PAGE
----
It's interesting to see based on further information in this article that the corridor has essentially unlimited potential for ridership growth. I find that fascinating.
  by Suburban Station
 
The keystone corridor had modest improvements like these about ten years ago and frequency went from ten to 14 during weekdays. Ridership has since doubled. I'd guess the same would happen here if this plan were implemented
  by EricL
 
Here's a link to the preliminary schedule proposal

Looks fairly solid to me. CP will go along with anything if your palms are greasy enough; Metra is the main sticking point. I appreciate reading these schedules because they actually pay some attention to Metra time slots, and because WisDOT finally drops that 10+ year old stubborn insistence of all the schedules (save for today's 330 and 339) having to be set at 1'29". In this new version, train 332 is moved to a more sensible timeslot, and the 19:35 schedule from MKE (today's 342) is dropped completely in favor of a later time. This is a great idea because today's setup with these particular two schedules has them failing from the minute get-go (operational reasons... cross traffic, etc.) - and a 19:35 southward train attracts hardly any ridership, besides.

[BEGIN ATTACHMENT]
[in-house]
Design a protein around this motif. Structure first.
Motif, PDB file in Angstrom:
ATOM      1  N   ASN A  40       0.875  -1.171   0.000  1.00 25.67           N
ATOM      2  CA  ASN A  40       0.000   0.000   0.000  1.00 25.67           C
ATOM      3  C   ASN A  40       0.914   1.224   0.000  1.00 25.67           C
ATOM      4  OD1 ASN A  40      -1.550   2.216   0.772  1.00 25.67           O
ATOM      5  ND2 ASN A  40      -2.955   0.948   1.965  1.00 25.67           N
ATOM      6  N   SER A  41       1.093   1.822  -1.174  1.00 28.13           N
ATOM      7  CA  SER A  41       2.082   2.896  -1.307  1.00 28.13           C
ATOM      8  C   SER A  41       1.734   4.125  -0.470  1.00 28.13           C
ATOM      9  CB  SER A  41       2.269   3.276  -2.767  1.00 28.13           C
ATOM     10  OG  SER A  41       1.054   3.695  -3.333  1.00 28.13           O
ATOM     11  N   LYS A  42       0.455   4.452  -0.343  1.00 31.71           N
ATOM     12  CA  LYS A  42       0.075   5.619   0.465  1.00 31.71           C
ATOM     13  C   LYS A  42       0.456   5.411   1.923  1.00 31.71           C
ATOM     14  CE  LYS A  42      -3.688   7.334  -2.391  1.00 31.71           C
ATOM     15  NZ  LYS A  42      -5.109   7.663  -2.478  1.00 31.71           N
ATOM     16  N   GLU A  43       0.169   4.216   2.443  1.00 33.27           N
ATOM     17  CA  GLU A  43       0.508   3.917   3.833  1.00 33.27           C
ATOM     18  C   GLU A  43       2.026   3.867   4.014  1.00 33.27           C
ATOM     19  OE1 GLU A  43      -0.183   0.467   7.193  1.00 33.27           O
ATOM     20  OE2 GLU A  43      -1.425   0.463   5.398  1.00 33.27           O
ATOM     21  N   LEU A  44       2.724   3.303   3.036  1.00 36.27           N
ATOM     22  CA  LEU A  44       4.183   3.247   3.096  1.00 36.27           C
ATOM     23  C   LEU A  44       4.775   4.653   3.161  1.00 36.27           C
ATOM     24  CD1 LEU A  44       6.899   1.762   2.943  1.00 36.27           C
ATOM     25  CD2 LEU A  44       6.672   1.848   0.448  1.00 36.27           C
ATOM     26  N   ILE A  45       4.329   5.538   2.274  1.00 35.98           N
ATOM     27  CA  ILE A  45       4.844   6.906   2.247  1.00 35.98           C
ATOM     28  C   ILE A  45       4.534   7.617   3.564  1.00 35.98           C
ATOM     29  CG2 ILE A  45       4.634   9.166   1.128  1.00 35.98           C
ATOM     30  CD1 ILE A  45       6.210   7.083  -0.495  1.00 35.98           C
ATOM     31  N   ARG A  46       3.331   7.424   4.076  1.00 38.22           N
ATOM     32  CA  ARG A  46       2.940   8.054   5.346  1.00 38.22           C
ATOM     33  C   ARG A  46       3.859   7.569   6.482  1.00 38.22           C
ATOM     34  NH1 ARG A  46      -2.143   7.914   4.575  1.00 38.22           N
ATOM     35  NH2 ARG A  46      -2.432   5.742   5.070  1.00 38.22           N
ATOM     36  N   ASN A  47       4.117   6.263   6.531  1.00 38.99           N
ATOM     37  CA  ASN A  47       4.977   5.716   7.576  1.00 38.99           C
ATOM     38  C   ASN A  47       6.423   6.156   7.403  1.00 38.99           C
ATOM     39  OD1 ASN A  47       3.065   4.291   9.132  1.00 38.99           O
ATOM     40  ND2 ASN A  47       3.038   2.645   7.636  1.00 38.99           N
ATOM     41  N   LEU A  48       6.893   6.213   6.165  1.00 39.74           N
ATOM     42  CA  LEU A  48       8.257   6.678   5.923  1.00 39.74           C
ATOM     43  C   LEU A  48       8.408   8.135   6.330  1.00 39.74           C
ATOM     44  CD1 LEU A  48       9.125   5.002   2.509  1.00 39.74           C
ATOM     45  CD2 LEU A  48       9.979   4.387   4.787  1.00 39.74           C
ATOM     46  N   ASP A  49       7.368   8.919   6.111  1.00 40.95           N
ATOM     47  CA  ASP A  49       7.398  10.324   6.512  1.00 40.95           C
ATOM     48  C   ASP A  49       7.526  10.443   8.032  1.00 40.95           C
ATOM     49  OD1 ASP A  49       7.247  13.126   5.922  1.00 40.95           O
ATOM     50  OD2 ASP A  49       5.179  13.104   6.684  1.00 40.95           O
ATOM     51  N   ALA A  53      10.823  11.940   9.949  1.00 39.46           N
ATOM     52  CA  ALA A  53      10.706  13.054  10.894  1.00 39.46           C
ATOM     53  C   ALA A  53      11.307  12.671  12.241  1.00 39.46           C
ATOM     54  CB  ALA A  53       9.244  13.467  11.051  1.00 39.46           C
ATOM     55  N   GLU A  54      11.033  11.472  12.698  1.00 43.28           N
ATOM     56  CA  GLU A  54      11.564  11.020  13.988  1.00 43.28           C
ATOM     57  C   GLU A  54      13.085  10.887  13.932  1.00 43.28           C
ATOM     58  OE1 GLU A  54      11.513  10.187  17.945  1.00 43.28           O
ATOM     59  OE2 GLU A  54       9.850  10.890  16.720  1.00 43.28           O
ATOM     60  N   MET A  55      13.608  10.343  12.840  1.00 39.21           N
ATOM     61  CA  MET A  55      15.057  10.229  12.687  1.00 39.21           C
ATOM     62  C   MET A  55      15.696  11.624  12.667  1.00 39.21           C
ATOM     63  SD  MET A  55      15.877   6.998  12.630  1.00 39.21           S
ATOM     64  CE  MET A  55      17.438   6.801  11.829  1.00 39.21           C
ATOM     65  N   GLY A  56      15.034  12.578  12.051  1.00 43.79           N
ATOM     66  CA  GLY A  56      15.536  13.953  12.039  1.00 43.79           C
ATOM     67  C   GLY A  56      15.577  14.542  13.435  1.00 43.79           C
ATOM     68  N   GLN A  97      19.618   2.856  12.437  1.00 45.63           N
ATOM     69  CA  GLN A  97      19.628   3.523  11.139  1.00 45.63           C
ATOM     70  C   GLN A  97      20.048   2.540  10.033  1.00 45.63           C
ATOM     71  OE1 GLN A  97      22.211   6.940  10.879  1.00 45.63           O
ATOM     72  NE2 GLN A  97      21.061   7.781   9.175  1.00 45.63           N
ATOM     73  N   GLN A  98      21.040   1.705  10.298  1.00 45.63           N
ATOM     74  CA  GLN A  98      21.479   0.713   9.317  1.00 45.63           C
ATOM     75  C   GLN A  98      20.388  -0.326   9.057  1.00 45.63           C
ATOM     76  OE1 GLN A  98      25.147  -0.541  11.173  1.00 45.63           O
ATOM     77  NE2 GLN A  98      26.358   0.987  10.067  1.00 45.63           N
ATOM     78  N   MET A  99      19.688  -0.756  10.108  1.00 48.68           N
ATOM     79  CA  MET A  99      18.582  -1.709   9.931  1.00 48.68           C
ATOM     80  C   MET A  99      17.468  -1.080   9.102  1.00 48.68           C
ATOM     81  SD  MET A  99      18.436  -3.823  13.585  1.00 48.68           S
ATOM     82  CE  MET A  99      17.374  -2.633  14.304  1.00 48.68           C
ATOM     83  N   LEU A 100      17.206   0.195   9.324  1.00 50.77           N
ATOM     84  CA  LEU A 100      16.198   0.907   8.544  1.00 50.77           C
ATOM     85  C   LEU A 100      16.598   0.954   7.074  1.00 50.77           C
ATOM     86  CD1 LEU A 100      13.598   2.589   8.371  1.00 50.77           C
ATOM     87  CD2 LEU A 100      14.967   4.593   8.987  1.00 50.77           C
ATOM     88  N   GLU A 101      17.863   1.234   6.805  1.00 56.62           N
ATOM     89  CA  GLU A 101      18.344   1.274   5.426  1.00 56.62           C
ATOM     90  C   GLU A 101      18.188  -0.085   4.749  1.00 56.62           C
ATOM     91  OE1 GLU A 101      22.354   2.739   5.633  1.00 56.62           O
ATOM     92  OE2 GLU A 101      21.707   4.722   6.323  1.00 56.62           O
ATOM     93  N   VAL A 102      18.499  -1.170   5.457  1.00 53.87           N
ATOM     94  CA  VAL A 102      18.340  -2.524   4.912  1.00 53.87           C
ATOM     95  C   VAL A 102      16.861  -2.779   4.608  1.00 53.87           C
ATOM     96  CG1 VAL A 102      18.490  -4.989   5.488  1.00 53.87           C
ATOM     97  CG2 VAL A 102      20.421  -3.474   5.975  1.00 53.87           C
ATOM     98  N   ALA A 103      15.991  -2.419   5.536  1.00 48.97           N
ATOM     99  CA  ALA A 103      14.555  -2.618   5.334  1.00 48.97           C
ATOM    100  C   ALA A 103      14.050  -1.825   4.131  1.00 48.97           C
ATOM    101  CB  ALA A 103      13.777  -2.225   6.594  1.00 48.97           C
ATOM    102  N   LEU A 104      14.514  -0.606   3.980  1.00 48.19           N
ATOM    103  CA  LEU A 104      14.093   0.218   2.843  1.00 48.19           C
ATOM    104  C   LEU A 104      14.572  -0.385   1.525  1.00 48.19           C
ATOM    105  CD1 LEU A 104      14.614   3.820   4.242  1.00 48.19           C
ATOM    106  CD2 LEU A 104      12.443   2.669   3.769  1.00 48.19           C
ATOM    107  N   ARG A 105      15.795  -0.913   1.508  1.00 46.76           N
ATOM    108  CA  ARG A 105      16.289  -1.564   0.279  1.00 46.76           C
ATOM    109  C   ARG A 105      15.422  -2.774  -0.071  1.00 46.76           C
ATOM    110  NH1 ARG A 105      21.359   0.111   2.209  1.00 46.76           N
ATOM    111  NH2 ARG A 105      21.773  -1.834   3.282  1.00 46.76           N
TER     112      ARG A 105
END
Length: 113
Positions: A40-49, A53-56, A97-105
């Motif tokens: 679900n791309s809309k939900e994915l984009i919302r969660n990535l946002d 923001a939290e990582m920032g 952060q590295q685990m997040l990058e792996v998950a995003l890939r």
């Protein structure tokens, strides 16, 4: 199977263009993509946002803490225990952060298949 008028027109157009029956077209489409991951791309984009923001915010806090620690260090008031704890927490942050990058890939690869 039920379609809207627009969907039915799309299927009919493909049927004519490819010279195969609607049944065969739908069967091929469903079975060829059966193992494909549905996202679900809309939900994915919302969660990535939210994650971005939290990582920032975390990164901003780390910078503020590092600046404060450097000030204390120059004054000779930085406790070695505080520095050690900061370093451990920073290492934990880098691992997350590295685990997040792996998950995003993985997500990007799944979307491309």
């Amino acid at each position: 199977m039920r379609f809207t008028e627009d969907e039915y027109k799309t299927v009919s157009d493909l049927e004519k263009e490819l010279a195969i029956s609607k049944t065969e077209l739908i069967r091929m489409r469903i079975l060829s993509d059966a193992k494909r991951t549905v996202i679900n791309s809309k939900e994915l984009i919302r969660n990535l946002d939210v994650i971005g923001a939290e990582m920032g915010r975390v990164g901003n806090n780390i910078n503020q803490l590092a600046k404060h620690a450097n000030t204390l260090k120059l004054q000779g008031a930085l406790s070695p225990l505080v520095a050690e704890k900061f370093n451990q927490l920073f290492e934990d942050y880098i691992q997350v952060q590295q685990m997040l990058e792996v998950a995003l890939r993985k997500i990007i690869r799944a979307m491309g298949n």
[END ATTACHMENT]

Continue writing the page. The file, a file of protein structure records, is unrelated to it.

I do wonder how many people would really want to ride a 09:25 train north from Chicago, but I guess in time that could evolve into a reverse commutation option - maybe attractive to northward riders from SVT who work a later/second type shift? The later departures from both ends are definite improvements that will allow for far more same-day round-trips.
  by Rockingham Racer
 
Putting 7/8 in there as options is useless. You can't take 7 up to Milwaukee, and you can't get on 8 to go to Chicago.
  by gokeefe
 
Having the Empire Builder on this tentative schedule may imply a proposed change in ticketing policy.
  by AgentSkelly
 
I thought you could on 27/28, the Portland Section?
  by Rockingham Racer
 
Can't deny that!